It’s been about 18 months since my last serious post on the blog, something I’ve asserted time and time again that I was just on the verge of rectifying. But, you know, Tweeting takes up SO much time.
So living in Los Angeles for nearly two years now, my perspective on living here has evolved a fair amount. This blog entry should make a good contrast against the previous post. I’ll mirror the topics from that post somewhat so they make a matched set.
But first, a caveat. I live in Santa Monica, which I’ve discovered is not really Los Angeles proper. When I first moved here, I thought of the entire region as “Los Angeles”. But Los Angeles neighborhoods differ a lot, so while being in Santa Monica might seem like a minor difference it actually does have major lifestyle implications.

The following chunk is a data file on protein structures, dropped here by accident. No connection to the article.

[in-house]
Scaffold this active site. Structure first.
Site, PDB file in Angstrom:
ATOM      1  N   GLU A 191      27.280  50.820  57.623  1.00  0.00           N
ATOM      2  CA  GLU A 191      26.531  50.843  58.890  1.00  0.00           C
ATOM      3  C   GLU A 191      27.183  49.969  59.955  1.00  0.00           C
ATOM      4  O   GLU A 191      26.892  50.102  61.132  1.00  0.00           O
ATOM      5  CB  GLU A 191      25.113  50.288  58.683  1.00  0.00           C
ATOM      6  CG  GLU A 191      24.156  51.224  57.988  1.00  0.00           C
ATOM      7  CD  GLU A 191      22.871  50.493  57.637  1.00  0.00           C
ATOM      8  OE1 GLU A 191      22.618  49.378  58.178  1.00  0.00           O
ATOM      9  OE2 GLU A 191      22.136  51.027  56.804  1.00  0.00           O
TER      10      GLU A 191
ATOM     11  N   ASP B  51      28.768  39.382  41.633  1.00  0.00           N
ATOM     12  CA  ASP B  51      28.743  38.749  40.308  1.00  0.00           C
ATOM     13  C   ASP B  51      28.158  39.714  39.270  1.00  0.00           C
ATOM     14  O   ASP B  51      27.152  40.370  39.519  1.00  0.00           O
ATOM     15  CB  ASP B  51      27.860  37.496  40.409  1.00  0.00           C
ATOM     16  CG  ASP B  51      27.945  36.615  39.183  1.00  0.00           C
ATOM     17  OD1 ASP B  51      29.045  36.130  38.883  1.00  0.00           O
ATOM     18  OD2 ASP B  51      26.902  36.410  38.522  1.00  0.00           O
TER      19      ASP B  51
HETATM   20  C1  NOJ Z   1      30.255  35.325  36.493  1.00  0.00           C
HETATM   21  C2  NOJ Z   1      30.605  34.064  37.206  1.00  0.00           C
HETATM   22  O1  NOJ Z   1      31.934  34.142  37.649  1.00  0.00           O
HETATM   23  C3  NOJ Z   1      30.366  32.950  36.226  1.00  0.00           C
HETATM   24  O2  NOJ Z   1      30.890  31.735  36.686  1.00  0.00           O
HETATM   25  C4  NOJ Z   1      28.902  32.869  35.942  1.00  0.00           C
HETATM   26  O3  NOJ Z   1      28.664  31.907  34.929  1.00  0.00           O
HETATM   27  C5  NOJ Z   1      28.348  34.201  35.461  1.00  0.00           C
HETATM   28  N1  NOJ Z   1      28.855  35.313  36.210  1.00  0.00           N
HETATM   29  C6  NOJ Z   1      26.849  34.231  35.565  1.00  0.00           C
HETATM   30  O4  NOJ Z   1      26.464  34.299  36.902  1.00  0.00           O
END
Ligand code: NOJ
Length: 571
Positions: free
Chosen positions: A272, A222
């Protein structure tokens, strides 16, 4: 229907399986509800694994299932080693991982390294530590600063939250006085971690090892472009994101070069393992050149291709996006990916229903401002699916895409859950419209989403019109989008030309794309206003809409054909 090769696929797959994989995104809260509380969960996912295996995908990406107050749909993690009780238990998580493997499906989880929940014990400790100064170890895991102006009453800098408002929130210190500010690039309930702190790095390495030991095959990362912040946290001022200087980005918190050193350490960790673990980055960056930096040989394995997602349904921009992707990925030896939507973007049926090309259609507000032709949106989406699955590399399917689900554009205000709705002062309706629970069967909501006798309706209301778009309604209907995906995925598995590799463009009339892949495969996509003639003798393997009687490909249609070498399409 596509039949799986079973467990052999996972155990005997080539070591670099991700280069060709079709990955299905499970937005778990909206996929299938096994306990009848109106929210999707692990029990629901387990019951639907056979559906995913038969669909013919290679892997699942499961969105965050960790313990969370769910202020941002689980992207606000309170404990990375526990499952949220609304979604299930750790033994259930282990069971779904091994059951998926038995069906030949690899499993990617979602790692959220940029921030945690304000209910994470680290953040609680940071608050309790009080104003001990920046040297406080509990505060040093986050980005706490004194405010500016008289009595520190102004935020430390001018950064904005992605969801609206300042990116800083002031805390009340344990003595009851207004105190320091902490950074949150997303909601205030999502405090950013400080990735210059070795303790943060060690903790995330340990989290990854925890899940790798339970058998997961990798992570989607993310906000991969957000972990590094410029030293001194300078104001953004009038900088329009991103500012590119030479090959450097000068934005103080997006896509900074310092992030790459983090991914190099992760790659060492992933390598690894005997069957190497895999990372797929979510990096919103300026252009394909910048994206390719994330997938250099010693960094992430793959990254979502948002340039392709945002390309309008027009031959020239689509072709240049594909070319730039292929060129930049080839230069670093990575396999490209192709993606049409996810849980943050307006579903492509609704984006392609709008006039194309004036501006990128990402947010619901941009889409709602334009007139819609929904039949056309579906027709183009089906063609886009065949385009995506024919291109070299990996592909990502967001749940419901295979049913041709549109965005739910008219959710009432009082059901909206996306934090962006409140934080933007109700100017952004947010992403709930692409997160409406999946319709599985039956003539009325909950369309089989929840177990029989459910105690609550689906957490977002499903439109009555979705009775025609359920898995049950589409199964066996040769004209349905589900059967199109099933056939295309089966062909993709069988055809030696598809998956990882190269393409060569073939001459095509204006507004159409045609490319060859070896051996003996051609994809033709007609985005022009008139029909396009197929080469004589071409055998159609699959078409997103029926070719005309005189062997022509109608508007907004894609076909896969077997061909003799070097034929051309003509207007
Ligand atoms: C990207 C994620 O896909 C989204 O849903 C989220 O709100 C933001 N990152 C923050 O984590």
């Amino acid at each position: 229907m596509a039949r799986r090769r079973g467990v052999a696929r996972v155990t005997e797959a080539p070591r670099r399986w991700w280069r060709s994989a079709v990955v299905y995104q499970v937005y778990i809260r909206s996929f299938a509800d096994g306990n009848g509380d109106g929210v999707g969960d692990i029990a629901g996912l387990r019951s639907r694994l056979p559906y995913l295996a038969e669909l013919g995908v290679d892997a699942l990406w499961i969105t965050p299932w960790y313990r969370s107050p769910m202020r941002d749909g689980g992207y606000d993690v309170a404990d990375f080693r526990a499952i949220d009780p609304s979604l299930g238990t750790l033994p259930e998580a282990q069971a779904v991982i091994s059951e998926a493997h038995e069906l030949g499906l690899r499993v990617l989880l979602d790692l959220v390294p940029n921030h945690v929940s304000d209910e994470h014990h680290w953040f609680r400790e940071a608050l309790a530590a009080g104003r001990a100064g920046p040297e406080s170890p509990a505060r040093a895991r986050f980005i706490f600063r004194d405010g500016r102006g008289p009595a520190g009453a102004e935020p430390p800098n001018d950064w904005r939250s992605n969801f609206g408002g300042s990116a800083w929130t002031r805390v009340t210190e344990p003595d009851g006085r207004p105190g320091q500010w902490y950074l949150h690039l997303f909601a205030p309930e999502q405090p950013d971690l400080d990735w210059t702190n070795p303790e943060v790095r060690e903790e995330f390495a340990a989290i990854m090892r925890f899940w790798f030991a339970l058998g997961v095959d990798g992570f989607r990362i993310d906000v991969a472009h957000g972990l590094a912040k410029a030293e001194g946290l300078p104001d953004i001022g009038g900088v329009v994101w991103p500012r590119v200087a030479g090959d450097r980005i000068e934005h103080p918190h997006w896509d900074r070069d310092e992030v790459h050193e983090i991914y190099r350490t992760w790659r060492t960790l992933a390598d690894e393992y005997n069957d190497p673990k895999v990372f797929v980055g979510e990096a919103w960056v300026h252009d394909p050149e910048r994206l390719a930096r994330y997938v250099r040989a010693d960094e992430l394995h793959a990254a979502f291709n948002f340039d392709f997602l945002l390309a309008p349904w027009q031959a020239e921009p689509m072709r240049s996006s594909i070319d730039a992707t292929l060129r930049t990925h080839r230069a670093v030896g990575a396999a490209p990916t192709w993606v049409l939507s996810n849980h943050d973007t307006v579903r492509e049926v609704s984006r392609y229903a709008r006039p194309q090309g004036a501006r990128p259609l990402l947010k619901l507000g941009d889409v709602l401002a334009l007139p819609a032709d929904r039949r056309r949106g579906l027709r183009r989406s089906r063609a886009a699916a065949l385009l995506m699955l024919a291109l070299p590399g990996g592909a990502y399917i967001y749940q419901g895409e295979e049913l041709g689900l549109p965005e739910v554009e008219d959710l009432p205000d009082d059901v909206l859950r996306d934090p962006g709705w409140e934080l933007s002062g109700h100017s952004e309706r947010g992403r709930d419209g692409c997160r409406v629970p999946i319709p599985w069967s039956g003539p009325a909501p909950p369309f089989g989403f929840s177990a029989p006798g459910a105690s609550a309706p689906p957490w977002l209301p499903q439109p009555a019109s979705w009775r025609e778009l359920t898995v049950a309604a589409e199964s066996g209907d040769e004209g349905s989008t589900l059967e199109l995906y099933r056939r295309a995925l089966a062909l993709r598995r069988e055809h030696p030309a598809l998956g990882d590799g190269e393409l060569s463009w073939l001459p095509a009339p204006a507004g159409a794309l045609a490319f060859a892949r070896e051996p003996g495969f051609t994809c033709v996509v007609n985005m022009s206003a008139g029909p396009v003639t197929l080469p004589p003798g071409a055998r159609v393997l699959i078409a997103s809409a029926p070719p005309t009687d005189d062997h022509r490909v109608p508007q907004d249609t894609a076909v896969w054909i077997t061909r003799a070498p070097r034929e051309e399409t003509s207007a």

When we first moved to LA, I worked at THQ, and boy did I do a lot of driving. From Santa Monica to Agoura Hills is about a 30 mile trip, and it can be handled two ways: on the freeways, the 405 and the 101 (all the freeways here are “the something”, don’t ask me why), which takes between 40 minutes and 60 minutes in the morning; or up the PCH, the Pacific Coast Highway, which takes a very reliable 50 minutes. At night the freeway route is highly variable, from 35 minutes to 90 minutes, whereas the coast route is still… 50 minutes.
To give you a clearer idea of how I coped with nearly two hours of travel time each day, let me show you some illustrations. Here’s a picture of a daily commute on the 405: